In brief, the goal is to install a custom plug in. The shortest approach is download a plug in and install it:

  1. For GCC 4.8 or GCC 4.9 installed as explained above, download this GCC 4.8 XCode plug in or this GCC 4.9 XCode plug in. For GCC newer then 4.9, you might find a plug in in the repository xcode-gcc.
  2. For XCode 6.x through 8.x (and probably 5.x), the plug in must be installed in the application at:
  3. For Xcode 4.x it can alternatively be installed at
    /Library/Application Support/Developer/Shared/Xcode/Plug-ins/
  4. In your XCode project under "Other Warning Flags" remove the -Wmost option (if needed).
  5. You should now be able to select GCC 4.8 or GCC 4.9 from the compiler pop-up menu and compile code using that compiler.
  6. Note that this approach fails in El Capitan with XCode 7.x and fails when trying to link to the xerces library installed in its default location. One way to compile in El Capitan with XCode 7.x is:
    • Install GCC 4.9
    • Go to /opt/local/lib/gcc49 and create a symbolic link to the xerces library using:
      ln -s /usr/local/lib/libxerces-c-3.1.dylib libxerces-c-3.1.dylib 

      Note that the symbolic link is to a versioned xerces file and not the standard libxerces-c.dylib because linking to this link did not work. Because the xerces version is hard coded into the name, you will need to update when xerces is changed or alter the "3.1" if using a different version now. Although it should be possible to set Library Search Paths instead of creating this link, I could not get that approach to work, while the link did work.

    • Make sure to select compiler GCC 4.9 in XCode
    • Add -fopenmp to "Other C++ Flags" to make sure it is compiled with OpenMP
    • Add -lgomp to "Other Linker Flags" to link to OpenMP library.

The second approach is to build the plug in yourself (this approach can also be used to customize the plug ins downloaded above). The details (from Hammad's blog 1 and blog 2) are as follows (and for GCC 4.9 or newer, replace all uses of 4.8 with the desired version):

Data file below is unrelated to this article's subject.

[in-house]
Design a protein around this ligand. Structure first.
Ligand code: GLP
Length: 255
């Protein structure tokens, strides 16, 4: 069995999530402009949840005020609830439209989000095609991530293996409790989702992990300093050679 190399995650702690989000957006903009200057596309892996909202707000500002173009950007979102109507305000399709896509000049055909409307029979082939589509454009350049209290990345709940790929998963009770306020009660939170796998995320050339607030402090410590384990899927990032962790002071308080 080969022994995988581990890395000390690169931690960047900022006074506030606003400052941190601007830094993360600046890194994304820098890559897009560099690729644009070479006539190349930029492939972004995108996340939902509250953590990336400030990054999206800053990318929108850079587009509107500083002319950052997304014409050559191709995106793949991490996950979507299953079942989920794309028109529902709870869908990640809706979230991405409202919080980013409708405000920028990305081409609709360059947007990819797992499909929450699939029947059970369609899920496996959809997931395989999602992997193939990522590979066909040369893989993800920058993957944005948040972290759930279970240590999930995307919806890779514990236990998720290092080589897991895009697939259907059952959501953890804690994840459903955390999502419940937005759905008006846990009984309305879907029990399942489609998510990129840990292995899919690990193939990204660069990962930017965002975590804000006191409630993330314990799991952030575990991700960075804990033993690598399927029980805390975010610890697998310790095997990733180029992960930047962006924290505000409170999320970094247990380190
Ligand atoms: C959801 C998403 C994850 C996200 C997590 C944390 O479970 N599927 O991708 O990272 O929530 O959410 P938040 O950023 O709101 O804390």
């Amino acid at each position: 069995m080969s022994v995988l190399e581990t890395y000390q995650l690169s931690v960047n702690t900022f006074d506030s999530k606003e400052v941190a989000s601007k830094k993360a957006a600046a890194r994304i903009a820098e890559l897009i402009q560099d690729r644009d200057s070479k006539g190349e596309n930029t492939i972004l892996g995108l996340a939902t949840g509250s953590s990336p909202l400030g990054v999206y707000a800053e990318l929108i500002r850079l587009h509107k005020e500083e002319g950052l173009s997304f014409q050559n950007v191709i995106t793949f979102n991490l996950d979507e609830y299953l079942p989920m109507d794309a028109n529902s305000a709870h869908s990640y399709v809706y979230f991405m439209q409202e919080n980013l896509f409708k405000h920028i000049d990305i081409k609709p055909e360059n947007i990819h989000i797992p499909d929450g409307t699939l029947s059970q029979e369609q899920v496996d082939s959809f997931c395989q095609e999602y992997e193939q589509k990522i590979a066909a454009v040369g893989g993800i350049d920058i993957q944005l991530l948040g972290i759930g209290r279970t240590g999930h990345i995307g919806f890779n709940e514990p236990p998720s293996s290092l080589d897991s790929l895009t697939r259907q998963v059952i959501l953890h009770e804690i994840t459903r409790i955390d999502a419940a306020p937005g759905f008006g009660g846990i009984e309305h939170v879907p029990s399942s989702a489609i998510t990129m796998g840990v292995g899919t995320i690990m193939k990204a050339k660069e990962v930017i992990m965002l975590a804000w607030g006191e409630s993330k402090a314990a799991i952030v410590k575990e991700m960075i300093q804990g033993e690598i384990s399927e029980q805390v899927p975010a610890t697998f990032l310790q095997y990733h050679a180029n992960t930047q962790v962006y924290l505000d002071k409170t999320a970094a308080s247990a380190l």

1. For XCode 4.x, copy a current compiler plug in into to a /Library level plug in folder:
    • Go to XCode's plug-ins folder, which is in the application package:
      cd /Applications/\
    • Create a copy of "GCC 4.2.xcplugin", put it in the Xcode plugin folder (create that folder if needed), and go to its contents:
      sudo mkdir -p "/Library/Application Support/Developer/Shared/Xcode/Plug-ins/"
      sudo cp -r "GCC 4.2.xcplugin" "/Library/Application Support/Developer/Shared\
      /Xcode/Plug-ins/GCC 4.8.xcplugin"
      cd "/Library/Application Support/Developer/Shared/Xcode/Plug-ins/GCC 4.8.xcplugin/Contents"
  2. For XCode 5.x and newer you have to either download the plug in (see above) or copy the one mentioned in the previous step from a copy of XCode 4.x. Once copied, in must be installed in the new XCode app instead of the folder in the previous step. The correct folder is

    Once copied to that folder, navigate to the contents of the plug in:

    cd /Applications/\
    /SharedSupport/Developer/Library/Xcode/Plug-insGCC 4.8.xcplugin/Contents
  3. Using Terminal app inside the plug in, convert the binary plist into text xml and then open for editing (done with vi here, but could use another tool):
    sudo plutil -convert xml1 Info.plist
    sudo vi Info.plist
  4. Make the following changes:
    "" -> ""
    "GCC 4.2 Compiler Xcode Plug-in" -> "GCC 4.8 Compiler Xcode Plug-in"
  5. Save and convert Info.plist back to binary:
    sudo plutil -convert binary1 Info.plist
  6. In the "Resources" folder rename two files:
    cd Resources/
    sudo mv GCC\ 4.2.xcspec GCC\ 4.8.xcspec
    cd English.lproj/
    sudo mv GCC\ 4.2.strings GCC\ 4.8.strings
  7. Open the "GCC 4.8.xcspec" for editing (e.g., using sudo vi) and make the changes:
    Identifier = "";
    Name = "GCC 4.8";
    Description = "GNU C/C++ Compiler 4.8";
    Version = "4.8";
    ExecPath = "gcc-mp-4.8";
    ShowInCompilerSelectionPopup = YES;
    IsNoLongerSupported = NO;
  8. Down further in that file, make the following changes:
    under Name = "GCC_ENABLE_PASCAL_STRINGS"; set DefaultValue = NO;
    under Name = "GCC_CW_ASM_SYNTAX"; set DefaultValue = NO;
  9. Make other customizations, if desired.
  10. In your Xcode project under "Other Warning Flags" remove the -Wmost option (if needed).
  11. You should now be able to select GCC 4.8 from the compiler pop-up menu and compile code using that compiler.

XCode Build Settings

Compiling using a GCC compiler in Xcode requires some specific project build settings:

  1. Using GCC - these settings only work in XCode 7 or older
    • Compiler for C/C++/Objective-C: selectGCC 4.9 (or version installed), which is available when plug in is properly installed.
    • Other C Flags: add -fopenmp.
    • Other C++ Flags: add $(OTHER_CFLAGS) to have same flags used for C++ compile as well.
    • Other Linker Flags: add -lgomp.
    • Other Warning Flags: remove the -Wmost option